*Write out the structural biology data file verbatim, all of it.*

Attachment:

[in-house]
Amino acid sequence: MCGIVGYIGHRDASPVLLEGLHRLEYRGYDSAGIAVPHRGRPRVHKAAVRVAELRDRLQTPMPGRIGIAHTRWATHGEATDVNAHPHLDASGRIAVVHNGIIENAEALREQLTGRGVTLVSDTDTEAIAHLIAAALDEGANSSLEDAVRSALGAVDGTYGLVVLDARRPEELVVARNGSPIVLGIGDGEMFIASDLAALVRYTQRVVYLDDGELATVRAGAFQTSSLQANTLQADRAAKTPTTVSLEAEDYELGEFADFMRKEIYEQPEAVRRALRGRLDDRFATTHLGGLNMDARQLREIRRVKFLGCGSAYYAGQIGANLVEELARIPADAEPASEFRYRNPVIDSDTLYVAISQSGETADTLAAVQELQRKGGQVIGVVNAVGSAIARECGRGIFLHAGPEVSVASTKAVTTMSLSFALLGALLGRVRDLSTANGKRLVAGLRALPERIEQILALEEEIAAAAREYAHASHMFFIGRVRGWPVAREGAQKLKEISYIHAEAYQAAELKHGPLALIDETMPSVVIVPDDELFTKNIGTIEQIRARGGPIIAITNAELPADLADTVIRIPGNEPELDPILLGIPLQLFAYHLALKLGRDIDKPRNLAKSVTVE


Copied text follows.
[in-house]
Amino acid sequence: MCGIVGYIGHRDASPVLLEGLHRLEYRGYDSAGIAVPHRGRPRVHKAAVRVAELRDRLQTPMPGRIGIAHTRWATHGEATDVNAHPHLDASGRIAVVHNGIIENAEALREQLTGRGVTLVSDTDTEAIAHLIAAALDEGANSSLEDAVRSALGAVDGTYGLVVLDARRPEELVVARNGSPIVLGIGDGEMFIASDLAALVRYTQRVVYLDDGELATVRAGAFQTSSLQANTLQADRAAKTPTTVSLEAEDYELGEFADFMRKEIYEQPEAVRRALRGRLDDRFATTHLGGLNMDARQLREIRRVKFLGCGSAYYAGQIGANLVEELARIPADAEPASEFRYRNPVIDSDTLYVAISQSGETADTLAAVQELQRKGGQVIGVVNAVGSAIARECGRGIFLHAGPEVSVASTKAVTTMSLSFALLGALLGRVRDLSTANGKRLVAGLRALPERIEQILALEEEIAAAAREYAHASHMFFIGRVRGWPVAREGAQKLKEISYIHAEAYQAAELKHGPLALIDETMPSVVIVPDDELFTKNIGTIEQIRARGGPIIAITNAELPADLADTVIRIPGNEPELDPILLGIPLQLFAYHLALKLGRDIDKPRNLAKSVTVE